Roche and IBM Collaborate to Develop Nanopore-Based DNA Sequencing Technology

Collaboration aims to accelerate human genome analysis and enable advancements in personalized healthcare.

YORKTOWN HEIGHTS, N.Y. & BRANFORD, Conn.--(BUSINESS WIRE)-- Roche (SWX:RO)(SWX:ROG)(Pink Sheets: RHHBY) and IBM (NYSE: IBM) announced today an agreement to develop a nanopore-based sequencer that will directly read and decode human DNA quickly and efficiently. Focused on advancing IBM’s recently published “DNA Transistor” technology, the collaboration will take advantage of IBM’s leadership in microelectronics, information technology and computational biology and Roche’s expertise in medical diagnostics and genome sequencing.

The novel technology, developed by IBM Research, offers true single molecule sequencing by decoding molecules of DNA as they are threaded through a nanometer-sized pore in a silicon chip. The approach holds the promise of significant advantages in cost, throughput, scalability, and speed compared to sequencing technologies currently available or in development.

“By merging computational biology, biotechnology, and nanotechnology skills, we are moving closer to producing a system that can quickly and accurately translate DNA into medically-relevant genetic information,” said Ajay Royyuru, Senior Manager of the Computational Biology Department at IBM Research. “The challenge of all nanopore-based sequencing technologies is to slow and control the motion of the DNA through the nanopore. We are developing the technology to achieve this so that the reader can accurately decode the DNA sequence.”

Ultimately, the technology has the potential to improve throughput and reduce costs to achieve the vision of whole human genome sequencing at a cost of $100 to $1,000. Having access to an individual’s personal genetic code could advance the quality of medical care by identifying persons who will gain the greatest benefit from a particular medicine and those who are at most risk of adverse reaction.

“Sequencing is an increasingly critical tool for personalized healthcare. It can provide the individual genetic information necessary for the effective diagnosis and targeted treatment of diseases,” explained Manfred Baier, Head of Roche Applied Science. "We are confident that this powerful technology - plus the combined strengths of IBM and Roche – will make low-cost whole genome sequencing and its benefits available to the marketplace faster than previously thought possible.”

As part of the agreement, Roche will fund continued development of the technology at IBM and provide additional resources and expertise through collaboration with Roche’s sequencing subsidiary, 454 Life Sciences. Roche will develop and market all products based on the technology.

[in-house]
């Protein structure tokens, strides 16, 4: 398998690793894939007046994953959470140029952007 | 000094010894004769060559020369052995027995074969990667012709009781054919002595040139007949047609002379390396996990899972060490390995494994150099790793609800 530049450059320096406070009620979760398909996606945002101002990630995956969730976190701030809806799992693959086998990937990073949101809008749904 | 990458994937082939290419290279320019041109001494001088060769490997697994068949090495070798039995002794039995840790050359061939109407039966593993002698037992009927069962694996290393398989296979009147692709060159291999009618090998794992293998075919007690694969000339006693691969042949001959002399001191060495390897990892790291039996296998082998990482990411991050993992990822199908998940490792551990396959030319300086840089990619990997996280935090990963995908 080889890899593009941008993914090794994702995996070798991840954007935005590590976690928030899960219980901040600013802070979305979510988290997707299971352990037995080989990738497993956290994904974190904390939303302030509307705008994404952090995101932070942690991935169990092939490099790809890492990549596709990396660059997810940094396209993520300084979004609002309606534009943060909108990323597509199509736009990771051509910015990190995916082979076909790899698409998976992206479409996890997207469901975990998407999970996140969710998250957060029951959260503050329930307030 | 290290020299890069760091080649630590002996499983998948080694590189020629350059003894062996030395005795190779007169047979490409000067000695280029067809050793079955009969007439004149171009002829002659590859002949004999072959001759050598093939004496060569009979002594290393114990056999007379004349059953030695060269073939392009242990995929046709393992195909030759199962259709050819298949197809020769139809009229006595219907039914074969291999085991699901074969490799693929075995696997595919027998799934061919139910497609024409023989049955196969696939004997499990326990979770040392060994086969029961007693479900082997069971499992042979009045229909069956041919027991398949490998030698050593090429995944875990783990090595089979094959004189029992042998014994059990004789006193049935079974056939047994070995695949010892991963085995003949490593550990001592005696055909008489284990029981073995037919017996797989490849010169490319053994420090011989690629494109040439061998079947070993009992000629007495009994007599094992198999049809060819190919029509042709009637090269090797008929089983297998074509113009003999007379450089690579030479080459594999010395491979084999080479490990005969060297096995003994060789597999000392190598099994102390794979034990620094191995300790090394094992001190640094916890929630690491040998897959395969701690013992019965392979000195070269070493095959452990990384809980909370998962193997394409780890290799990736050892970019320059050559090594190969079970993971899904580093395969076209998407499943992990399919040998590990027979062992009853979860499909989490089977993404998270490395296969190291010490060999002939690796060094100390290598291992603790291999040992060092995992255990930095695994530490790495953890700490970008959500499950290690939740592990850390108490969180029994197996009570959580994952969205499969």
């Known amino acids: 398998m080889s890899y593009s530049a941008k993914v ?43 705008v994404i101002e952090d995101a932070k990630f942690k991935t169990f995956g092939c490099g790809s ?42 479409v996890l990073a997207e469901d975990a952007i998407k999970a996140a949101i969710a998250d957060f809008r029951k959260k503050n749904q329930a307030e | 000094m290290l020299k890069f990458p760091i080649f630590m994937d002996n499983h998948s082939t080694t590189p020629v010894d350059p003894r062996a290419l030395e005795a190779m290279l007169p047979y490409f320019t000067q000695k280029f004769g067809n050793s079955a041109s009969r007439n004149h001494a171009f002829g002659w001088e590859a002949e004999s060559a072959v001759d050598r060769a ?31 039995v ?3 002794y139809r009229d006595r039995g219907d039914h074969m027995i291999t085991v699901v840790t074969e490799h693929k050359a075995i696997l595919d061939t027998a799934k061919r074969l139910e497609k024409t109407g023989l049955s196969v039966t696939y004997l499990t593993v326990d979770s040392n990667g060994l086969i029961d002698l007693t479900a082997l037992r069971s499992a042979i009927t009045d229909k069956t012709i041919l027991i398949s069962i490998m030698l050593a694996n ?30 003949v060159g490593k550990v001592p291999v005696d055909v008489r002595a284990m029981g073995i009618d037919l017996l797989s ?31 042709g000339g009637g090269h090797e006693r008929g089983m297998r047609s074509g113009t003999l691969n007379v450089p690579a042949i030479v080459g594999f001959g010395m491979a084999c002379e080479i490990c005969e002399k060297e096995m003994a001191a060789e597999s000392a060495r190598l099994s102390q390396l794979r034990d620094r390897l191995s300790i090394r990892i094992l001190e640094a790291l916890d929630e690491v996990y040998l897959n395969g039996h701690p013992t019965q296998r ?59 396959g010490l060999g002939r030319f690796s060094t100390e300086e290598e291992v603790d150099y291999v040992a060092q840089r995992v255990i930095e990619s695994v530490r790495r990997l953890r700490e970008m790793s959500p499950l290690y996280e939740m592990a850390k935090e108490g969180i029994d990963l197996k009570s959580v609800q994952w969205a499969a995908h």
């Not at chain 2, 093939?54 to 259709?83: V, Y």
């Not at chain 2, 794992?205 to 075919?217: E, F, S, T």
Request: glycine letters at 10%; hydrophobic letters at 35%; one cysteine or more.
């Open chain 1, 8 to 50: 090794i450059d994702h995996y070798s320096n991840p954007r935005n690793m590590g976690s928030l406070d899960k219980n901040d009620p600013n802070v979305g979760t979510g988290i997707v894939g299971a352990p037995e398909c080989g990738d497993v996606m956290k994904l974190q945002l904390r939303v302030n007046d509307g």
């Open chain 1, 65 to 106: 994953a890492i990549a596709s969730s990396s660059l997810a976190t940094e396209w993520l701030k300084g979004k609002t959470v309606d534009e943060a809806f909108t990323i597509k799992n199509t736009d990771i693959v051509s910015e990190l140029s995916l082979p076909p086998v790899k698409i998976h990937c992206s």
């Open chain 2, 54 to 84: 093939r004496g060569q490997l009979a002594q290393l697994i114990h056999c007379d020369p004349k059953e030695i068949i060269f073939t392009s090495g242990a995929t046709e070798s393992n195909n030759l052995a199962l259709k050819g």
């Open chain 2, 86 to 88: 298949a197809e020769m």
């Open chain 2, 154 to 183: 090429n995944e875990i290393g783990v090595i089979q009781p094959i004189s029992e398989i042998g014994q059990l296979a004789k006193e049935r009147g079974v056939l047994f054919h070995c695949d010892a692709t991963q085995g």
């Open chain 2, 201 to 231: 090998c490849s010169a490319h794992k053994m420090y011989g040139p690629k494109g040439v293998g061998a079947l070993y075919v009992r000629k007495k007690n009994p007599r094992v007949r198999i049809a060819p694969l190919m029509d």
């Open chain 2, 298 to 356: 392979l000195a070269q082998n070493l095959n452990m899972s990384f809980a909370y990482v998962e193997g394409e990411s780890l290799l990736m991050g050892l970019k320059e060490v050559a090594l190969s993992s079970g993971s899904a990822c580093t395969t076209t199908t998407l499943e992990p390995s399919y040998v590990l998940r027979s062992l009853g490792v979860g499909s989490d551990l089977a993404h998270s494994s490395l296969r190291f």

Roche’s investment in future genomic technologies builds upon the strength of its currently available 454 Sequencing Systems, which generate hundreds of thousands of long, high quality sequencing reads in hours. The technology is available for large-scale genomic analysis with the GS FLX System and for benchtop sequencing with the GS Junior System. Shown to provide significant medical value in targeted resequencing applications for virology and oncology research, 454 Sequencing Systems are poised to be first next-generation sequencing technology to move from the laboratory to the clinic.

For more information on 454 Sequencing Systems, visit www.454.com.

About Roche
Headquartered in Basel, Switzerland, Roche is a leader in research-focused healthcare with combined strengths in pharmaceuticals and diagnostics. Roche is the world’s largest biotech company with truly differentiated medicines in oncology, virology, inflammation, metabolism and CNS. Roche is also the world leader in in-vitro diagnostics, tissue-based cancer diagnostics and a pioneer in diabetes management. Roche’s personalised healthcare strategy aims at providing medicines and diagnostic tools that enable tangible improvements in the health, quality of life and survival of patients. In 2009, Roche had over 80’000 employees worldwide and invested almost 10 billion Swiss francs in R&D. The Group posted sales of 49.1 billion Swiss francs. Genentech, United States, is a wholly owned member of the Roche Group. Roche has a majority stake in Chugai Pharmaceutical, Japan. For more information: www.roche.com.

About IBM
For more information, visit www.ibm.com/smarterplanet

For life science research only. Not for use in diagnostic procedures.

454, 454 SEQUENCING, 454 LIFE SCIENCES, GS FLX and GS JUNIOR are trademarks of Roche.

IBM is a registered trademark of International Business Machines Corporation in the United States, other countries, or both.



CONTACT:

Roche Diagnostics
Dr. Burkhard Ziebolz
Phone: +49 8856 604830
Email: [email protected]
or
454 Life Sciences Corporation, a Roche Company
Dr. Ulrich Schwoerer
Phone: +1 203 871 2300
Email: [email protected]
or
IBM
Michael Loughran
Phone: +1 914 945 1613
Email: [email protected]

KEYWORDS:   United States  Europe  North America  Connecticut  New York  Switzerland

INDUSTRY KEYWORDS:   Stem Cells  Health  Biotechnology  Genetics  Medical Devices  Oncology  Pharmaceutical  Research  Science

MEDIA:

Logo
 Logo

Suggested Articles

The eight-year deal will initially cover lupus drug Benlysta and could expand to other GSK specialty-care products in the future.

Amarin had big plans for Vascepa after a big label expansion last year, but it lost a patent fight—and now a generic has won FDA approval.

Intercept Pharmaceuticals, eager to market its potential nonalcoholic steatohepatitis medicine obeticholic acid, will have to keep waiting.